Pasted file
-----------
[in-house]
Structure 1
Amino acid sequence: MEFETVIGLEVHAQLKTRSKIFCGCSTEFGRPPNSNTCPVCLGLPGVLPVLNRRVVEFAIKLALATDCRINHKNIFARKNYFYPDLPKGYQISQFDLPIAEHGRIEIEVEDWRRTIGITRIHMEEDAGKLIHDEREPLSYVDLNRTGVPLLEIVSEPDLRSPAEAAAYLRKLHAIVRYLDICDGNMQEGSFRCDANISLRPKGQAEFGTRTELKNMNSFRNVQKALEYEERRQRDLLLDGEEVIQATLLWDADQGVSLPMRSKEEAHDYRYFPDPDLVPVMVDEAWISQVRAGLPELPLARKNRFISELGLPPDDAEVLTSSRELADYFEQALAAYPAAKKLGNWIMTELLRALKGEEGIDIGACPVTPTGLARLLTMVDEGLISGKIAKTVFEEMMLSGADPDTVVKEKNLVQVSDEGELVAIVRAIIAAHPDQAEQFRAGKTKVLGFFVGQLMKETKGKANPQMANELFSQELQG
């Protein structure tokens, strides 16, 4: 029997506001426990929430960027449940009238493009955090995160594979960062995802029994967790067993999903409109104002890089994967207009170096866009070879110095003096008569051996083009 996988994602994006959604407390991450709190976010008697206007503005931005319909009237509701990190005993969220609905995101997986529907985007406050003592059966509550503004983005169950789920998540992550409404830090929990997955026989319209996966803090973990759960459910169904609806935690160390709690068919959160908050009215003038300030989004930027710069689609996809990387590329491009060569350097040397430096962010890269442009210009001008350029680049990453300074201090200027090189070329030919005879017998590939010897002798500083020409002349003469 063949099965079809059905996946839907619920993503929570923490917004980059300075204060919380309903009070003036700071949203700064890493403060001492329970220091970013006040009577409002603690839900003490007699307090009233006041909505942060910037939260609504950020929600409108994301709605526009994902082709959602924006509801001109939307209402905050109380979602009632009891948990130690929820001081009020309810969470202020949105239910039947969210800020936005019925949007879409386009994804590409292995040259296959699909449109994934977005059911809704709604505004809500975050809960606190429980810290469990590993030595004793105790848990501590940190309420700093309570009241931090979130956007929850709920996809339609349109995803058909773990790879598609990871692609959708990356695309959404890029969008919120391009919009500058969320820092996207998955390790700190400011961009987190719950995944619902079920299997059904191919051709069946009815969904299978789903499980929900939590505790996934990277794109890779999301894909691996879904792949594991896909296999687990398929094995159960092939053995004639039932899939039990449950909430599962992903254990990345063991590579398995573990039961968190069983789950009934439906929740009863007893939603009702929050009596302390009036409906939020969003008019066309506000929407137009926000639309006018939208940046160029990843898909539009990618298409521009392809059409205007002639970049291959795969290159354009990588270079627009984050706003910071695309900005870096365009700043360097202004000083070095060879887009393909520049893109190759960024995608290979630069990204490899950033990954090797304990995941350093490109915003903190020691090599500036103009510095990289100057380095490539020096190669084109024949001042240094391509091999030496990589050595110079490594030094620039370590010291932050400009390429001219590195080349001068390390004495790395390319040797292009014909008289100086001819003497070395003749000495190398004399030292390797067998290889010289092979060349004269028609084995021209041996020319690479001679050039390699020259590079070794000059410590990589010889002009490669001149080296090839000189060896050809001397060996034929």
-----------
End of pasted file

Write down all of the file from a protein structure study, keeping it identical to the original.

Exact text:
[in-house]
Structure 1
Amino acid sequence: MEFETVIGLEVHAQLKTRSKIFCGCSTEFGRPPNSNTCPVCLGLPGVLPVLNRRVVEFAIKLALATDCRINHKNIFARKNYFYPDLPKGYQISQFDLPIAEHGRIEIEVEDWRRTIGITRIHMEEDAGKLIHDEREPLSYVDLNRTGVPLLEIVSEPDLRSPAEAAAYLRKLHAIVRYLDICDGNMQEGSFRCDANISLRPKGQAEFGTRTELKNMNSFRNVQKALEYEERRQRDLLLDGEEVIQATLLWDADQGVSLPMRSKEEAHDYRYFPDPDLVPVMVDEAWISQVRAGLPELPLARKNRFISELGLPPDDAEVLTSSRELADYFEQALAAYPAAKKLGNWIMTELLRALKGEEGIDIGACPVTPTGLARLLTMVDEGLISGKIAKTVFEEMMLSGADPDTVVKEKNLVQVSDEGELVAIVRAIIAAHPDQAEQFRAGKTKVLGFFVGQLMKETKGKANPQMANELFSQELQG
């Protein structure tokens, strides 16, 4: 029997506001426990929430960027449940009238493009955090995160594979960062995802029994967790067993999903409109104002890089994967207009170096866009070879110095003096008569051996083009 996988994602994006959604407390991450709190976010008697206007503005931005319909009237509701990190005993969220609905995101997986529907985007406050003592059966509550503004983005169950789920998540992550409404830090929990997955026989319209996966803090973990759960459910169904609806935690160390709690068919959160908050009215003038300030989004930027710069689609996809990387590329491009060569350097040397430096962010890269442009210009001008350029680049990453300074201090200027090189070329030919005879017998590939010897002798500083020409002349003469 063949099965079809059905996946839907619920993503929570923490917004980059300075204060919380309903009070003036700071949203700064890493403060001492329970220091970013006040009577409002603690839900003490007699307090009233006041909505942060910037939260609504950020929600409108994301709605526009994902082709959602924006509801001109939307209402905050109380979602009632009891948990130690929820001081009020309810969470202020949105239910039947969210800020936005019925949007879409386009994804590409292995040259296959699909449109994934977005059911809704709604505004809500975050809960606190429980810290469990590993030595004793105790848990501590940190309420700093309570009241931090979130956007929850709920996809339609349109995803058909773990790879598609990871692609959708990356695309959404890029969008919120391009919009500058969320820092996207998955390790700190400011961009987190719950995944619902079920299997059904191919051709069946009815969904299978789903499980929900939590505790996934990277794109890779999301894909691996879904792949594991896909296999687990398929094995159960092939053995004639039932899939039990449950909430599962992903254990990345063991590579398995573990039961968190069983789950009934439906929740009863007893939603009702929050009596302390009036409906939020969003008019066309506000929407137009926000639309006018939208940046160029990843898909539009990618298409521009392809059409205007002639970049291959795969290159354009990588270079627009984050706003910071695309900005870096365009700043360097202004000083070095060879887009393909520049893109190759960024995608290979630069990204490899950033990954090797304990995941350093490109915003903190020691090599500036103009510095990289100057380095490539020096190669084109024949001042240094391509091999030496990589050595110079490594030094620039370590010291932050400009390429001219590195080349001068390390004495790395390319040797292009014909008289100086001819003497070395003749000495190398004399030292390797067998290889010289092979060349004269028609084995021209041996020319690479001679050039390699020259590079070794000059410590990589010889002009490669001149080296090839000189060896050809001397060996034929």